2.6. Extension to the Henry Reactions
Additionally, we proceeded to examine the utility of functionalized ILs in the Henry reaction, also referred to as the nitro-aldol reaction. Henry reactions of aromatic aldehydes with different substituents and nitroethane catalyzed by [P4444][Im] with 50 wt % water as solvent were studied. The results are listed in Table 4. Microwave heating works more efficiently than a conventional thermal heating method, similarly to results previously noted. The Henry reactions were finished in 30 min by microwave-assisted irradiation but more than 3 h were spent in oil-bath heating under the same temperature condition. In this section, the molar ratio of nitroethane to aromatic aldehydes is 1:1, that is, nitroethane is not excessive. Even so, the conversion of all aromatic aldehydes is almost 100% with a high yield of more than 95% except for 4-nitrobenzaldehyde where although the yield is high, there is no β-nitro alcohol product obtained. In contrast, the conversion of 4-nitrobenzaldehyde is 88% and the yield of β-nitro alcohol (l-(4-nitrophenyl)-2-nitropropan-l-ol, 7e) and nitroalkene (6e) product is 76% and 12%, respectively, when ethanol was used instead of water [Scheme 2, Equation (2)]. This result is similar to that of the aldol reaction of 4-nitrobenzaldehyde, where the β-hydroxy ketone product is much higher than that of the enone product, as stated above. It should be noted that we also used a 50 wt % ethanol to increase the solubility of reactants in this system. Considering that water would generally suppress the dehydration, it is reasonable to believe that nitro group on the aromatic aldehyde may lead to a high selectivity for β-hydroxy ketone inthe aldol reaction and β-nitro alcohol in the Henry reaction.
3. Experimental Section
3.1. General Information
Reagents and solvents were obtained from commercial suppliers and were used without further purification. All the functionalized ILs and reaction products were characterized using NMR spectroscopy. The aldol and Henry products were characterized by 1H NMR and 13C NMR spectra were recorded with a Bruker Advance III 400 MHz NMR spectrometer (Bruker BioSpin Corporation, Fällanden, Switzerland) at 298 K, using the solvent residual peak as internal standard. All microwave irradiation reactions were carried out on a Microwave SYNTH Plus manufactured by Milestone company (Sorisole, Italy), operating with continuous irradiation power of 400 W.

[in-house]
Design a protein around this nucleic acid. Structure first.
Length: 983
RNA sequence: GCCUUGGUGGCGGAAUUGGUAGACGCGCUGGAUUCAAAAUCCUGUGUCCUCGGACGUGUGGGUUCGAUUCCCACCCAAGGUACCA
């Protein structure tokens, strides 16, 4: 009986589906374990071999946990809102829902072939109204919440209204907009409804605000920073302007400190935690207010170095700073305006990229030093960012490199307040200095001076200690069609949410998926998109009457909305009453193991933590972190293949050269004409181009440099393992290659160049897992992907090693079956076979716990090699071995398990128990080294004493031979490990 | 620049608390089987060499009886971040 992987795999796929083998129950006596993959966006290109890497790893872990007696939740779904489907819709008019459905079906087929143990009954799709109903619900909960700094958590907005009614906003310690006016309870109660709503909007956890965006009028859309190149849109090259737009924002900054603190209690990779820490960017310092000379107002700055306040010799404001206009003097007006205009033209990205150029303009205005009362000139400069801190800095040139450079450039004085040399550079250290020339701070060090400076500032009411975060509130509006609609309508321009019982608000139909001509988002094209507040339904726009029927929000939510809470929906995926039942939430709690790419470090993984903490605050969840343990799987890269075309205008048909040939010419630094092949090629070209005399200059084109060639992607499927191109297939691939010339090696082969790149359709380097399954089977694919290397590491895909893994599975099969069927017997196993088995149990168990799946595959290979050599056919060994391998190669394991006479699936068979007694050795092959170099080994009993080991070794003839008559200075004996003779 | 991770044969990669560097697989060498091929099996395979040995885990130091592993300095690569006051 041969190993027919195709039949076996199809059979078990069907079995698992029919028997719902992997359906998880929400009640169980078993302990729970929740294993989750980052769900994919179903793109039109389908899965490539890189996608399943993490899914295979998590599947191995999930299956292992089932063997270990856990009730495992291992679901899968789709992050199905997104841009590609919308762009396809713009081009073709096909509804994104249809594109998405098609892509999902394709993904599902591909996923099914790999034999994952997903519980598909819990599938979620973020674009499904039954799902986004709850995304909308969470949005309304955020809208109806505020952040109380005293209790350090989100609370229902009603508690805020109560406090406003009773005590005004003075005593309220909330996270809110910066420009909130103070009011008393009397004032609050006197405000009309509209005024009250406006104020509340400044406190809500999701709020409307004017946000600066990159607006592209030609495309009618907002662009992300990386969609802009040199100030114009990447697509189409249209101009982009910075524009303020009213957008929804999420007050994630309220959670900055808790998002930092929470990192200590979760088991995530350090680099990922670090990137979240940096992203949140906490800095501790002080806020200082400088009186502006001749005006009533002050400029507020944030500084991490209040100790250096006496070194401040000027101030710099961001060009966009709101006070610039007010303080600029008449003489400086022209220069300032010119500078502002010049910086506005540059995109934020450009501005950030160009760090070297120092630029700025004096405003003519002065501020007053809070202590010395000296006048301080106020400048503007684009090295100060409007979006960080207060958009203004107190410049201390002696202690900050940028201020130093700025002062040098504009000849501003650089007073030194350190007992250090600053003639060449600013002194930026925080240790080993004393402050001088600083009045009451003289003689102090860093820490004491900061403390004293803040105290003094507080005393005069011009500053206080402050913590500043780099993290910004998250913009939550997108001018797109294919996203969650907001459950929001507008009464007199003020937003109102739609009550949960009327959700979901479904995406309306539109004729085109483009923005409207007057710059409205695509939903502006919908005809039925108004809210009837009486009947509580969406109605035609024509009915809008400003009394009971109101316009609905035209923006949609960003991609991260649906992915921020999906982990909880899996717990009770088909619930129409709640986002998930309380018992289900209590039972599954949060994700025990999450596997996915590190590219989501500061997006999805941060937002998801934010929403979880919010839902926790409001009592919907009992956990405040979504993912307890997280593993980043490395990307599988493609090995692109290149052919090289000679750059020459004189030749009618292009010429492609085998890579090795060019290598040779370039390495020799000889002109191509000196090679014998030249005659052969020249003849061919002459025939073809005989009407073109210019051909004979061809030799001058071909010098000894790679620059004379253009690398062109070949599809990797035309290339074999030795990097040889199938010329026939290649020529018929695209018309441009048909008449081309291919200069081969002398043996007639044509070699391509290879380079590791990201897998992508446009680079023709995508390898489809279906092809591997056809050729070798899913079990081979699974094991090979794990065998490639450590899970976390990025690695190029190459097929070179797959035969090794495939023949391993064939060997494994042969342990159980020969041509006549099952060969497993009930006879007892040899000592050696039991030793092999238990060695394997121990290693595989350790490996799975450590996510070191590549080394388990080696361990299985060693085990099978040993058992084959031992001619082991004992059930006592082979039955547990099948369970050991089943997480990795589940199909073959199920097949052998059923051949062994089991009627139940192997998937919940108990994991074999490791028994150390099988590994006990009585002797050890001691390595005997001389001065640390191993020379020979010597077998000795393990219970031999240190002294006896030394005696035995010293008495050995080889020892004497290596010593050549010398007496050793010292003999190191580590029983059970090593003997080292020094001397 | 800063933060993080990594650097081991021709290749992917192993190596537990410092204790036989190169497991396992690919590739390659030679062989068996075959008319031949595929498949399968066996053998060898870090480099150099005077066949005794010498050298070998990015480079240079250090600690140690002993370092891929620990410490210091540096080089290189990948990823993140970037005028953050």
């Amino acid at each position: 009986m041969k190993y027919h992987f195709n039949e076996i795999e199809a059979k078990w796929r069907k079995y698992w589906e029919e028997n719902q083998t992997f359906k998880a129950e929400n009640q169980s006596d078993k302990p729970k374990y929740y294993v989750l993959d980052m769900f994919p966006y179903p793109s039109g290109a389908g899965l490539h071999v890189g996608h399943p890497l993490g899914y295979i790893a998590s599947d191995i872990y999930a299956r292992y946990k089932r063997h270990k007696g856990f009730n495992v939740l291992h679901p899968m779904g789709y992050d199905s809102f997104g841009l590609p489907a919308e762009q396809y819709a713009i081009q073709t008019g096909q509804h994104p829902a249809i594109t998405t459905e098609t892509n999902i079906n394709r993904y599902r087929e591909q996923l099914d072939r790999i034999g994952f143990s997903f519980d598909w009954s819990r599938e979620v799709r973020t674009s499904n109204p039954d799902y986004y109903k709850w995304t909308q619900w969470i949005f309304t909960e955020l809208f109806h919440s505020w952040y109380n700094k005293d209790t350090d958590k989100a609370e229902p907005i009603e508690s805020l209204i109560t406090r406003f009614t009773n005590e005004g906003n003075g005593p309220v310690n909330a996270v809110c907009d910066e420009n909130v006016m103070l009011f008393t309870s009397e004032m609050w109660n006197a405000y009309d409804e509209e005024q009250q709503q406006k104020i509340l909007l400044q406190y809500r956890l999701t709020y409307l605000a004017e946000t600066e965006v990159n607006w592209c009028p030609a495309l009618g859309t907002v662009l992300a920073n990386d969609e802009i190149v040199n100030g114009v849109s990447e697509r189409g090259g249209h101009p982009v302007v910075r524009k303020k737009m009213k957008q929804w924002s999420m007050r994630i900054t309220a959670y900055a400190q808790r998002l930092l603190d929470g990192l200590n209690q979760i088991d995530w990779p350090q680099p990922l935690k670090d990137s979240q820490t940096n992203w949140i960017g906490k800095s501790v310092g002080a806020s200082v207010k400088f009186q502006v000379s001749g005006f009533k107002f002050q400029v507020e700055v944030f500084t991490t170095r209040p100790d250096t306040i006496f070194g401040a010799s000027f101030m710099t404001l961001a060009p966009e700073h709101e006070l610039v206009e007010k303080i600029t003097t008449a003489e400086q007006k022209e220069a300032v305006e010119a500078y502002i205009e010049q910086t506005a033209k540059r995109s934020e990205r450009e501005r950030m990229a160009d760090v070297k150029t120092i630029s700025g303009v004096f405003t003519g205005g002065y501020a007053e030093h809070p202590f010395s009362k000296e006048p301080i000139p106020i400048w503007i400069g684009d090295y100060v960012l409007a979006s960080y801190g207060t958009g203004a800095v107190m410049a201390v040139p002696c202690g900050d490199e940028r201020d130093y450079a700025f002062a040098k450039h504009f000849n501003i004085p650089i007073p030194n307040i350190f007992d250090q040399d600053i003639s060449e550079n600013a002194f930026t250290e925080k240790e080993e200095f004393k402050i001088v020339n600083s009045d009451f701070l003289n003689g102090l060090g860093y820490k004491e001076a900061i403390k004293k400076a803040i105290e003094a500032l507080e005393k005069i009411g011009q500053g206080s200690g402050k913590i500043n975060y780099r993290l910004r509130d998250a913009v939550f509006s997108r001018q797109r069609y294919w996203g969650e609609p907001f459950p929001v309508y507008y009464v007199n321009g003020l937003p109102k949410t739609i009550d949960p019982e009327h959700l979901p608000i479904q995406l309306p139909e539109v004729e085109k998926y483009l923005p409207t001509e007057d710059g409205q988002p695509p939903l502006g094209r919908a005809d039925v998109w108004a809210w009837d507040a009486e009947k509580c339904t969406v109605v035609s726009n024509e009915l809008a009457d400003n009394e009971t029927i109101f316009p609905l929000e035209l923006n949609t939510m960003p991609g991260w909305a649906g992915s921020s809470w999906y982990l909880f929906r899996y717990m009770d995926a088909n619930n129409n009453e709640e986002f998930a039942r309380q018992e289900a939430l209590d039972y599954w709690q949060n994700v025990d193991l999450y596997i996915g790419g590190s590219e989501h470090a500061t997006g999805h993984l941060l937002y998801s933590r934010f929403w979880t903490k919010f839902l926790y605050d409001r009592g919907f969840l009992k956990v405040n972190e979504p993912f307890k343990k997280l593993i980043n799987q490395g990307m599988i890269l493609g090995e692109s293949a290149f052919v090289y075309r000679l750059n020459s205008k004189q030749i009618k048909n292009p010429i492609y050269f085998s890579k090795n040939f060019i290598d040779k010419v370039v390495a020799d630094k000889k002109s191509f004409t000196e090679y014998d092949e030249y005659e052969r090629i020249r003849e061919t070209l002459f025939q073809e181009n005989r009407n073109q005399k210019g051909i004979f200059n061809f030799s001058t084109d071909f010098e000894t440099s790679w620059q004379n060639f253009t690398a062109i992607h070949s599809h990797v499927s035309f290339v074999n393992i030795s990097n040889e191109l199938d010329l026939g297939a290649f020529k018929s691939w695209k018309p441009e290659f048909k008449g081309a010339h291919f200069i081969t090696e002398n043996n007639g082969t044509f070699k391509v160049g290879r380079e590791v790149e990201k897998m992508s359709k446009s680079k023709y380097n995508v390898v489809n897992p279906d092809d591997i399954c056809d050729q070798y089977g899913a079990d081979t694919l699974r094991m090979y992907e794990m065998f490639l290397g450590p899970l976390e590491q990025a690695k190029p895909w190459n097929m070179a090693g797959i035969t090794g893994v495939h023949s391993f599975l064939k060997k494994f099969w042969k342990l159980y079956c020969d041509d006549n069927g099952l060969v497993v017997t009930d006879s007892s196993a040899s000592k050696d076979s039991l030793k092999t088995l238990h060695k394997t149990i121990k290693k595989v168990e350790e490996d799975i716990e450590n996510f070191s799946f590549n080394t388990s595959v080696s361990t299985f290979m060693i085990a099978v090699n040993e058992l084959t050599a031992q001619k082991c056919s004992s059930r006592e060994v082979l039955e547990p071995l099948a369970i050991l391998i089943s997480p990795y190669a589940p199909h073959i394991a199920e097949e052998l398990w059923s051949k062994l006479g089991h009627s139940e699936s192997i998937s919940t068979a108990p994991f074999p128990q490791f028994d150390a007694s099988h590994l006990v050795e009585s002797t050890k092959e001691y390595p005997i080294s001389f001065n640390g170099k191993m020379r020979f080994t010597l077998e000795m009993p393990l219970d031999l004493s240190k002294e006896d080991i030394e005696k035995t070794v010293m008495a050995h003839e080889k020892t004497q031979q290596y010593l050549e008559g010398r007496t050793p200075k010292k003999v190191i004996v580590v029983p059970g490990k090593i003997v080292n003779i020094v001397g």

3.2. Synthesis and Characterization of Functionalized ILs
The synthesis of all ILs used in this work has been previously reported (Figure 1) [61–64]. Particularly, all amine-functionalized quaternary ammonium ILs were synthesized according to our previously reported methods . Tetrabutylphosphonium ILs, tetrabutylphosphonium l-arginine ([P4444][Arg]) and tetrabutylphosphonium imidazol ([P4444][Im]), were synthesized as described by Ohno and Dai, respectively [61,63].
[N2222][EtNHC3SO3]: 1H NMR (400 MHz, D2O, δ, ppm): 3.26 (q, J = 7.3 Hz, 8H), 2.91 (t, J1 = 8.8 Hz, J2 = 6.9 Hz, 2H), 2.66 (t, J = 7.4 Hz, 2H), 2.59 (q, J = 7.2 Hz, 2H), 1.94–1.85 (m, 2H), 1.29–1.23 (m, 12H), 1.06 (t, J = 7.2 Hz, 3H); 13C NMR (100 MHz, D2O, δ, ppm): 51.56, 48.79, 46.58, 42.42, 23.62, 13.14, 6.23.
[N2222][n-BuNHC3SO3]: 1H NMR (400 MHz, D2O, δ, ppm): 3.29 (q, J = 7.3 Hz, 8H), 3.01–2.89 (t, 2H), 2.71 (t, J = 7.4 Hz, 2H), 2.60 (t, J = 7.3 Hz, 2H), 2.00–1.87 (m, 2H), 1.55–1.43 (m, 2H), 1.37 (m, J1 = 14.7 Hz, J2 = 7.3 Hz, 2H), 1.29 (t, J = 7.1 Hz, 12H), 0.93 (t, J = 7.3 Hz, 3H); 13C NMR (100 MHz, D2O, δ, ppm): 51.92, 49.13, 48.11, 47.20, 30.65, 23.90, 19.84, 13.26, 6.56.
[N4444][MeNHC3SO3]: 1H NMR (400 MHz, D2O, δ, ppm): 3.20 (m, 8H), 2.93 (m, 2H), 2.69 (t, J = 7.3 Hz, 2H), 2.35 (s, 3H), 1.92 (m, J1 = 9.9 Hz, J2 = 7.5 Hz, 2H), 1.65 (m, J1 = 15.8 Hz, J2 = 7.9 Hz, 8H), 1.36 (m, 8H), 0.95 (t, J = 7.4 Hz, 12H); 13C NMR (100 MHz, D2O, δ, ppm): 57.79, 48.61, 33.91, 23.21, 22.81, 18.84, 12.54.
[N1123][EtNHC3SO3]: 1H NMR (400 MHz, D2O, δ, ppm): 3.39 (q, J = 7.3 Hz, 2H), 3.31–3.18 (m, 2H), 3.05 (s, 6H), 2.99–2.89 (m, 2H), 2.70 (t, J = 7.4 Hz, 2H), 2.62 (q, J = 7.2 Hz, 2H), 1.94 (m, J1 = 15.3 Hz, J2 = 7.7 Hz, 2H), 1.86–1.71 (m, 2H), 1.36 (t, J = 7.3 Hz, 3H), 1.09 (t, J = 7.2 Hz, 3H), 1.00 (t, J = 7.3 Hz, 3H); 13C NMR (100 MHz, D2O, δ, ppm): 64.90, 59.58, 49.82, 49.18, 46.96, 42.76, 24.03, 15.55, 13.56, 9.88, 7.43.
[N1123][n-OctNHC3SO3]: 1H NMR (400 MHz, D2O, δ, ppm): 3.34 (q, J = 7.3 Hz, 2H), 3.25–3.14 (m, 2H), 3.00 (s, 6H), 2.87 (m, J1 = 9.1 Hz, J2 = 6.8 Hz, 2H), 2.69–2.59 (t, 2H), 2.59–2.49 (t, 2H), 1.89 (m, J1 = 15.3 Hz, J2 = 7.7 Hz, 2H), 1.81–1.67 (m, 2H), 1.57–1.40 (m, 2H), 1.36–1.18 (m, 13H), 0.95 (t, J = 7.3 Hz, 3H), 0.86 (t, J = 6.6 Hz, 3H); 13C NMR (100 MHz, D2O, δ, ppm): 64.82, 59.54, 49.84, 49.19, 49.01, 47.61, 31.65, 29.21, 29.11, 28.77, 27.11, 24.18, 22.44, 15.52, 13.74, 9.85, 7.41.
[P4444][Arg]: 1H NMR (400 MHz, DMSO, δ, ppm): 2.89 (m, J = 7.0 Hz, 3H), 2.79 (m, 1H), 2.17 (m, J = 12.3 Hz, 8H), 1.43 (m, 20H), 0.93 (t, J = 6.8 Hz, 12H); 13C NMR (100 MHz, D2O, δ, ppm): 179.71, 158.60, 56.34, 41.59, 34.18, 27.90, 27.26, 26.92, 24.15, 24.02, 23.88, 23.85, 23.73, 23.18, 23.14, 18.11, 17.63, 13.98, 13.70.